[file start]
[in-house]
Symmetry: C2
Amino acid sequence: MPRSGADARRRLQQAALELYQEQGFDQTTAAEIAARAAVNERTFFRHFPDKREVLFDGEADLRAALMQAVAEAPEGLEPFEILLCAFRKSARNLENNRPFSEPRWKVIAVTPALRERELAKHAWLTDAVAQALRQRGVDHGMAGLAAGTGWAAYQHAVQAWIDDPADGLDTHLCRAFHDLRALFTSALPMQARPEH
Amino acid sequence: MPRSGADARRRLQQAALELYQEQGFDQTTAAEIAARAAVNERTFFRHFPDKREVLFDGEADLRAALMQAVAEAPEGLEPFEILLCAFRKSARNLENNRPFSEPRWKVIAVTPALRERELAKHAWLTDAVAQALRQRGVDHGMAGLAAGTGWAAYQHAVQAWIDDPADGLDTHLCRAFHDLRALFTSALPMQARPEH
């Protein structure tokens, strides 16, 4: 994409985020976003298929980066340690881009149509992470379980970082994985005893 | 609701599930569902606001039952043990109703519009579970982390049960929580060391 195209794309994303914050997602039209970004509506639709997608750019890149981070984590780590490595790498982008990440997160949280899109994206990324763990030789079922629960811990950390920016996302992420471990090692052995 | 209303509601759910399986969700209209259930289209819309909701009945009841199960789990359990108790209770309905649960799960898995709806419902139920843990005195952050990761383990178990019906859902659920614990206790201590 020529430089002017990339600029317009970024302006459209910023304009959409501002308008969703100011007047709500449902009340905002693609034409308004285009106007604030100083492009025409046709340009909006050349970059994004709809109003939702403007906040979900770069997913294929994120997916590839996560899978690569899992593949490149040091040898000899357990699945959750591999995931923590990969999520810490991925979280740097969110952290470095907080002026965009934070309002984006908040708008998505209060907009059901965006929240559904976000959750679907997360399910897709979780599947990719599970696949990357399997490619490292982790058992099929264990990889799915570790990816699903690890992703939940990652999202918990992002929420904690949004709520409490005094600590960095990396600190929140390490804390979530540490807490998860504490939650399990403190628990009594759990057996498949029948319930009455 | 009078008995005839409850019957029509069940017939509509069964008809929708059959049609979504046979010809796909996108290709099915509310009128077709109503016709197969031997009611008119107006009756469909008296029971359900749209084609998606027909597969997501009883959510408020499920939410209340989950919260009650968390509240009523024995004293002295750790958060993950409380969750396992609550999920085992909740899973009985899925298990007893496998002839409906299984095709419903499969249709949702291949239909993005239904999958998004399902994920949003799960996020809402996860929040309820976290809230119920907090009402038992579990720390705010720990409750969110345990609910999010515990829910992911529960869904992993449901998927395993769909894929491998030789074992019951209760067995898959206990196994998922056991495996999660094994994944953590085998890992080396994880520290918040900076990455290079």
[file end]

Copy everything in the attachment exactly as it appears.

[in-house]
Symmetry: C2
Amino acid sequence: MPRSGADARRRLQQAALELYQEQGFDQTTAAEIAARAAVNERTFFRHFPDKREVLFDGEADLRAALMQAVAEAPEGLEPFEILLCAFRKSARNLENNRPFSEPRWKVIAVTPALRERELAKHAWLTDAVAQALRQRGVDHGMAGLAAGTGWAAYQHAVQAWIDDPADGLDTHLCRAFHDLRALFTSALPMQARPEH
Amino acid sequence: MPRSGADARRRLQQAALELYQEQGFDQTTAAEIAARAAVNERTFFRHFPDKREVLFDGEADLRAALMQAVAEAPEGLEPFEILLCAFRKSARNLENNRPFSEPRWKVIAVTPALRERELAKHAWLTDAVAQALRQRGVDHGMAGLAAGTGWAAYQHAVQAWIDDPADGLDTHLCRAFHDLRALFTSALPMQARPEH
């Protein structure tokens, strides 16, 4: 994409985020976003298929980066340690881009149509992470379980970082994985005893 | 609701599930569902606001039952043990109703519009579970982390049960929580060391 195209794309994303914050997602039209970004509506639709997608750019890149981070984590780590490595790498982008990440997160949280899109994206990324763990030789079922629960811990950390920016996302992420471990090692052995 | 209303509601759910399986969700209209259930289209819309909701009945009841199960789990359990108790209770309905649960799960898995709806419902139920843990005195952050990761383990178990019906859902659920614990206790201590 020529430089002017990339600029317009970024302006459209910023304009959409501002308008969703100011007047709500449902009340905002693609034409308004285009106007604030100083492009025409046709340009909006050349970059994004709809109003939702403007906040979900770069997913294929994120997916590839996560899978690569899992593949490149040091040898000899357990699945959750591999995931923590990969999520810490991925979280740097969110952290470095907080002026965009934070309002984006908040708008998505209060907009059901965006929240559904976000959750679907997360399910897709979780599947990719599970696949990357399997490619490292982790058992099929264990990889799915570790990816699903690890992703939940990652999202918990992002929420904690949004709520409490005094600590960095990396600190929140390490804390979530540490807490998860504490939650399990403190628990009594759990057996498949029948319930009455 | 009078008995005839409850019957029509069940017939509509069964008809929708059959049609979504046979010809796909996108290709099915509310009128077709109503016709197969031997009611008119107006009756469909008296029971359900749209084609998606027909597969997501009883959510408020499920939410209340989950919260009650968390509240009523024995004293002295750790958060993950409380969750396992609550999920085992909740899973009985899925298990007893496998002839409906299984095709419903499969249709949702291949239909993005239904999958998004399902994920949003799960996020809402996860929040309820976290809230119920907090009402038992579990720390705010720990409750969110345990609910999010515990829910992911529960869904992993449901998927395993769909894929491998030789074992019951209760067995898959206990196994998922056991495996999660094994994944953590085998890992080396994880520290918040900076990455290079």